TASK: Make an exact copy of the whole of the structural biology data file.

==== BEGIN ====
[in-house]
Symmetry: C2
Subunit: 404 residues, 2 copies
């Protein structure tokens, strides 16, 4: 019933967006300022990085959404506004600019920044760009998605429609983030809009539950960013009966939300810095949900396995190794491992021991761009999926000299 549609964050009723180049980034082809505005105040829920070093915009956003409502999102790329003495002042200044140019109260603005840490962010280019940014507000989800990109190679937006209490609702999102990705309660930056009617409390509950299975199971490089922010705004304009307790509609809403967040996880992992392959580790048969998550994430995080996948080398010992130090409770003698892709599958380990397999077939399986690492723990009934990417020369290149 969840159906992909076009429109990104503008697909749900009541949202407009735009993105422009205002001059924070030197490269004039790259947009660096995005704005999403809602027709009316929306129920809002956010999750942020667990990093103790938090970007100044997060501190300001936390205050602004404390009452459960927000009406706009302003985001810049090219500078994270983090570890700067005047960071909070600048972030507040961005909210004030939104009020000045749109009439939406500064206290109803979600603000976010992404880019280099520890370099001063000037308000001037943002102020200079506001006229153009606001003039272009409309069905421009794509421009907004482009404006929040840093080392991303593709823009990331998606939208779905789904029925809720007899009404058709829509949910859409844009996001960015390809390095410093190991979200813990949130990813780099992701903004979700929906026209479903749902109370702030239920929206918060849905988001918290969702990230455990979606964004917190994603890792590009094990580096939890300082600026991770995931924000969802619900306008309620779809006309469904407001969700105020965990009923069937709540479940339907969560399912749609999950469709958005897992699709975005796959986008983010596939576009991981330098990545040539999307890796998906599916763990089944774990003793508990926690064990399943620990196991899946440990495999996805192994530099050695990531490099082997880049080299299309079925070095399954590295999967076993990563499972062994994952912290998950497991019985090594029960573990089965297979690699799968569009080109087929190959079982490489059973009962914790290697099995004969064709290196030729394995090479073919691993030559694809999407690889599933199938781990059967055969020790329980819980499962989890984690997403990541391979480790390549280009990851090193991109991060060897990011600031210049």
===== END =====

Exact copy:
[in-house]
Symmetry: C2
Subunit: 404 residues, 2 copies
């Protein structure tokens, strides 16, 4: 019933967006300022990085959404506004600019920044760009998605429609983030809009539950960013009966939300810095949900396995190794491992021991761009999926000299 549609964050009723180049980034082809505005105040829920070093915009956003409502999102790329003495002042200044140019109260603005840490962010280019940014507000989800990109190679937006209490609702999102990705309660930056009617409390509950299975199971490089922010705004304009307790509609809403967040996880992992392959580790048969998550994430995080996948080398010992130090409770003698892709599958380990397999077939399986690492723990009934990417020369290149 969840159906992909076009429109990104503008697909749900009541949202407009735009993105422009205002001059924070030197490269004039790259947009660096995005704005999403809602027709009316929306129920809002956010999750942020667990990093103790938090970007100044997060501190300001936390205050602004404390009452459960927000009406706009302003985001810049090219500078994270983090570890700067005047960071909070600048972030507040961005909210004030939104009020000045749109009439939406500064206290109803979600603000976010992404880019280099520890370099001063000037308000001037943002102020200079506001006229153009606001003039272009409309069905421009794509421009907004482009404006929040840093080392991303593709823009990331998606939208779905789904029925809720007899009404058709829509949910859409844009996001960015390809390095410093190991979200813990949130990813780099992701903004979700929906026209479903749902109370702030239920929206918060849905988001918290969702990230455990979606964004917190994603890792590009094990580096939890300082600026991770995931924000969802619900306008309620779809006309469904407001969700105020965990009923069937709540479940339907969560399912749609999950469709958005897992699709975005796959986008983010596939576009991981330098990545040539999307890796998906599916763990089944774990003793508990926690064990399943620990196991899946440990495999996805192994530099050695990531490099082997880049080299299309079925070095399954590295999967076993990563499972062994994952912290998950497991019985090594029960573990089965297979690699799968569009080109087929190959079982490489059973009962914790290697099995004969064709290196030729394995090479073919691993030559694809999407690889599933199938781990059967055969020790329980819980499962989890984690997403990541391979480790390549280009990851090193991109991060060897990011600031210049």